For the ski season, I worked at a resort with over 19 treatment rooms in a luxury spa setting. Here’s a day in the life of a spa massage therapist.
Due to limited parking on-site at this resort spa location, employees shuttle into work from an employee parking lot. You’re expected to arrive at least thirty minutes before your shift. You catch the shuttle at least fifteen minutes before you’re expected to be at the spa.
You clock in after changing into your uniform in the locker room. Our uniforms are a stretchy black material. They are great for camouflaging oil spills and allowing for a full range of motion. We’re required to wear a name badge.
When you arrive into work, you check which room you have been assigned, and the appointment schedule. Most spas will only have one or two computers for checking appointments, so to minimize congestion at the computer it’s smart to write the names of their clients and appointments on a piece of paper to have as a reference through the day. This will also be valuable if there is a computer glitch.
The best massage therapists prepare their room before the day has begun. Preparation of a massage room includes:
- Turning on lights, propping open door, ensuring room is clean and presentable.
- Restocking any linens, towels, or products that are running low.
- Turning on hot towel cabbies. These are little ovens that only turn on to a certain temperature contain racks in them to hold towels, or anything you want to warm up. They are hotter the longer they are switched on. The earlier the massage the longer your towels will need to get warm.
- Turning on the heating pad on the massage table.
- Preparing treatment-specific materials. This means turning on your hot stones, or warming a certain product.
You may be in one room or three rooms to prepare. Most times you’ll be assigned the same room consistently but if the appointment is a full body scrub, couples, or tub soak you may have a different room for just that appointment. Some different appointments offered at the spa:
- Couples massages utilize a room with two tables, and a shared cabbie.
- Wet treatments which utilize a hydro tub (fancy hot tub where jets target specific problem areas) or Vichy shower (a large arm that pivots over a client lying down and rinses them with 7 shower heads).
- Additions to a conventional massage could include a scrub, a body butter, or a hydrating scalp treatment. It may or may not add extra time depending on your menu.
- Hot stone massages, river basalt stones are used to warm specific areas and can be used to apply deeper pressure without wearing your hands.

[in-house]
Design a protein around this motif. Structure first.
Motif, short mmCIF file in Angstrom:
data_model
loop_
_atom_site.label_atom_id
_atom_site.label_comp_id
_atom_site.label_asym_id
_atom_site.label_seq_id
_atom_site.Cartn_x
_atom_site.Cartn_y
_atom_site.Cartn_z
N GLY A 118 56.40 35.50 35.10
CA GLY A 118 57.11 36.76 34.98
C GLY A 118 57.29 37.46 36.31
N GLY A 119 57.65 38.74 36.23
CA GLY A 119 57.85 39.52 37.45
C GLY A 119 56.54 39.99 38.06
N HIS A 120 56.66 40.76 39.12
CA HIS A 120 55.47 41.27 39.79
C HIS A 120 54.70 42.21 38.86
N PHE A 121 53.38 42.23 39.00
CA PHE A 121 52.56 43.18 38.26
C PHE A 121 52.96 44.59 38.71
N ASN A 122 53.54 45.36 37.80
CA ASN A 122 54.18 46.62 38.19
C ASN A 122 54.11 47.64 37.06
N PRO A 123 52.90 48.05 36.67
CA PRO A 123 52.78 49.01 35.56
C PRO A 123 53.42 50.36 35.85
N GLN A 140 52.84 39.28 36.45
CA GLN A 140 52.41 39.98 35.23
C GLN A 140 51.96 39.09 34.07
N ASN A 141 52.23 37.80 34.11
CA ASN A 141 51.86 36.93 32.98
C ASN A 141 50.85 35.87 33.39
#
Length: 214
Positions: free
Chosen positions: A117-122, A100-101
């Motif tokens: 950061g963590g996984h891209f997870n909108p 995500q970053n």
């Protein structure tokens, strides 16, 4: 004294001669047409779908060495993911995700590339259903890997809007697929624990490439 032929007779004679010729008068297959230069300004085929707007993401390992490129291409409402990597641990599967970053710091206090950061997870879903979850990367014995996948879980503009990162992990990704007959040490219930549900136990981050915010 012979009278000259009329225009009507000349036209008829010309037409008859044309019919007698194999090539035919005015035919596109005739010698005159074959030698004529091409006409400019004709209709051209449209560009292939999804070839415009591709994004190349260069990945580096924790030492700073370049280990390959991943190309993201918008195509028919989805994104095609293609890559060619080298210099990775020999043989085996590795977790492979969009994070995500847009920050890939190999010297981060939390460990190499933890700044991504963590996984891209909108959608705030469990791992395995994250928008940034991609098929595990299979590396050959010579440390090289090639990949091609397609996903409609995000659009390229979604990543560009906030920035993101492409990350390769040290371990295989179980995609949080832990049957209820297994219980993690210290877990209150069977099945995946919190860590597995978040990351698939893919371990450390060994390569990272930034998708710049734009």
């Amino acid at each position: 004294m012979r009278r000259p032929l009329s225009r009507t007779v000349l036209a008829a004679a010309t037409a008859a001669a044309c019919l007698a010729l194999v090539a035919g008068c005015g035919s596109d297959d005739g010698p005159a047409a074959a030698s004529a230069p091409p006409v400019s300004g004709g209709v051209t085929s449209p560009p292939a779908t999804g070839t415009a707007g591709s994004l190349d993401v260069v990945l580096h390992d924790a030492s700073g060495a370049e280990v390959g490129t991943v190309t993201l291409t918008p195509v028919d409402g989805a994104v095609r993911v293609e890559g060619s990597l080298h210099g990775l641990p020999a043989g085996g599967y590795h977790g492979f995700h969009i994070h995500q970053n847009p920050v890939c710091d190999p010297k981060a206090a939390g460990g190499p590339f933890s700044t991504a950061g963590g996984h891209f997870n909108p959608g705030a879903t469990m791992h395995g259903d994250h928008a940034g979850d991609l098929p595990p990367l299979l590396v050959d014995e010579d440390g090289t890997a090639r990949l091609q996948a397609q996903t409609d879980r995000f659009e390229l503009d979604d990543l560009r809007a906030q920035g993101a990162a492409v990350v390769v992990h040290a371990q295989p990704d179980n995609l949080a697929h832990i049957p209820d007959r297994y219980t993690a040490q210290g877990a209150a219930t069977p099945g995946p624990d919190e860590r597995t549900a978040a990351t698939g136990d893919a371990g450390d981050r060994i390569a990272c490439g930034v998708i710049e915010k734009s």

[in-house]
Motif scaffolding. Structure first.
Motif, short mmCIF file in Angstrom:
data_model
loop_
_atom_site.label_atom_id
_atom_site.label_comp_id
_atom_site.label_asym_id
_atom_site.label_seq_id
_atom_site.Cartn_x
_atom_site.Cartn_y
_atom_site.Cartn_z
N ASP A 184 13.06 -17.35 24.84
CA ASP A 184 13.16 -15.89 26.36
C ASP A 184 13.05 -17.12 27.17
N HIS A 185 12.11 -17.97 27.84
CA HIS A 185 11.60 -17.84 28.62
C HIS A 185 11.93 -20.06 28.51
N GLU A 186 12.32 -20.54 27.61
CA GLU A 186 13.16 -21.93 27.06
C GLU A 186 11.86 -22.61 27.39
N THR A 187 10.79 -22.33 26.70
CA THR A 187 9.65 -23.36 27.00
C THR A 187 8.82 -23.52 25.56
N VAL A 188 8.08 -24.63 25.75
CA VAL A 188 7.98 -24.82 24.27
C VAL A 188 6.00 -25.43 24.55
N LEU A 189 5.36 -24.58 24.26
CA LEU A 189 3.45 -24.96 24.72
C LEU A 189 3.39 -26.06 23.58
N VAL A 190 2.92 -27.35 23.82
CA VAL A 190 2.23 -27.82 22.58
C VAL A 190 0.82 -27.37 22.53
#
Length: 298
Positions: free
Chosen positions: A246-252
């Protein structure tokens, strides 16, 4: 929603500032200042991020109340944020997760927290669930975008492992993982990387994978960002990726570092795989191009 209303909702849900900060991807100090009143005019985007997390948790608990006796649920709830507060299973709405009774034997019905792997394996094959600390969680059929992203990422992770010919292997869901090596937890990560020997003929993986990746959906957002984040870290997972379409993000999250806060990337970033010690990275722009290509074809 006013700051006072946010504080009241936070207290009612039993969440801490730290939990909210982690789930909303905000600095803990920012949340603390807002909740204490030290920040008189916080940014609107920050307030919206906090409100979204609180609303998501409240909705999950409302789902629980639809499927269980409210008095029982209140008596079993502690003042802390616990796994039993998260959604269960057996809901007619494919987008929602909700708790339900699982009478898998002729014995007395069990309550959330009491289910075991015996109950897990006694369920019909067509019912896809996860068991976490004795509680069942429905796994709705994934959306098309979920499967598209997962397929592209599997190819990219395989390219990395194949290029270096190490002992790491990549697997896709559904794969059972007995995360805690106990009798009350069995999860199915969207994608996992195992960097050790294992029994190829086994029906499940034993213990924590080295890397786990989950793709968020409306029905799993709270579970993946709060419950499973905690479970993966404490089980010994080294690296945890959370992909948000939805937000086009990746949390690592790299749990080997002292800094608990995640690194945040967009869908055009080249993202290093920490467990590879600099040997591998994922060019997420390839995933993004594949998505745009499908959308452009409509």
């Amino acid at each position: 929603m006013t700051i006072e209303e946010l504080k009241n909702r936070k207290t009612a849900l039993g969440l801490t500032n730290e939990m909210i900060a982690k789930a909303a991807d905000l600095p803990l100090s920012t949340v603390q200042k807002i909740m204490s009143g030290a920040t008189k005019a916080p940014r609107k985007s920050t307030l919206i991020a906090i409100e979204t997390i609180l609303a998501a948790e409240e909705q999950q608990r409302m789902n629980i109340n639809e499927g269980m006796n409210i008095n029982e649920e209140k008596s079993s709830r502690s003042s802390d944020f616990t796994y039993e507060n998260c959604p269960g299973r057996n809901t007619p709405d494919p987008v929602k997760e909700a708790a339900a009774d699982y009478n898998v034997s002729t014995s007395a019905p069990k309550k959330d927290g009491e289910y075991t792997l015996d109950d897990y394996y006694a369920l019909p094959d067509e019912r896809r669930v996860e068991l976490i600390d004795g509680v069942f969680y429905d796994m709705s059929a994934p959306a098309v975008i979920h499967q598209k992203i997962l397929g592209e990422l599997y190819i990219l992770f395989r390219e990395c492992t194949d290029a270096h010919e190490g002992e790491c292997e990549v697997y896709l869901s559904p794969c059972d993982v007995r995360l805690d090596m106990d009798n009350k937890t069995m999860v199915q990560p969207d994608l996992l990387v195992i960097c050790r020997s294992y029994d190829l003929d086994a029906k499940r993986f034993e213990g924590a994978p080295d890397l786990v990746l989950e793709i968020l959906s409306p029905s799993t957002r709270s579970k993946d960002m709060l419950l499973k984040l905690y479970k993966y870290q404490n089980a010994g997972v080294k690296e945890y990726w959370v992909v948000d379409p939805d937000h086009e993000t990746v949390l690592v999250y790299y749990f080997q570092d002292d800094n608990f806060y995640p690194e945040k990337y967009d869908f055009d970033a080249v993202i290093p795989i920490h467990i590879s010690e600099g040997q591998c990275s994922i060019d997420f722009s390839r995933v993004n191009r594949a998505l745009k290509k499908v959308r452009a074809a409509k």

- Pregnancy massages, uses a body pillow for client to lie comfortably on their side, and a product without harmful ingredients or essential oils.
Most often there is a designated pickup area for your guests. While you may want to pick up a guest early, it is best to pick them up right on time and ending on time. This way you’re not making your coworkers look like they are late to pick up or early to end.
After confirming their treatment, escorting the client to the room, and asking about their preferences, you’ll leave the room to allow them onto the table in privacy. In a spa setting, your clients are most-likely wearing robes. Keep in mind it will take them less time to get on the table with a robe, so you’ll want to stay by the door rather than leave and come back.
The treatment is completed, and the client is returned to where you received them. You’ll change the table for the next client. Repeat until the day is over.
At my spa, I’ve worked anywhere from two to eight massages. Christmas usually launches the busy winter season. The busiest times are holidays, specifically between Christmas and New Years. A ski resort spa attracts healthy clientele, many will want deeper pressure, and clients are knowledgeable and conscious about their health.
You will make more money at ski resorts as well, although keep in mind your cost of living is higher. I make about $50 – 60 per hr after taxes are taken out. We are paid $6.28 per hr + 15% of treatment commission + tip. It is customary to tip massage therapists 20% of original treatment cost (not sale price). For me, if I make $800 in tips, taxes take out $400. If I have no appointments, I make less than minimum wage. It’s an all or nothing game.
We give 60 and 90 minute massages, with 15 minute turn over time (mainly due to the spas size) whereas some spas do 50 and 80 minute treatments with 10 minute turn over time. We have a large team that consists of massage therapists, nail techs, estheticians, concierge, attendants, managers, and supervisors.
Each spa is different! Don’t take my word for it, go explore the setting for yourself.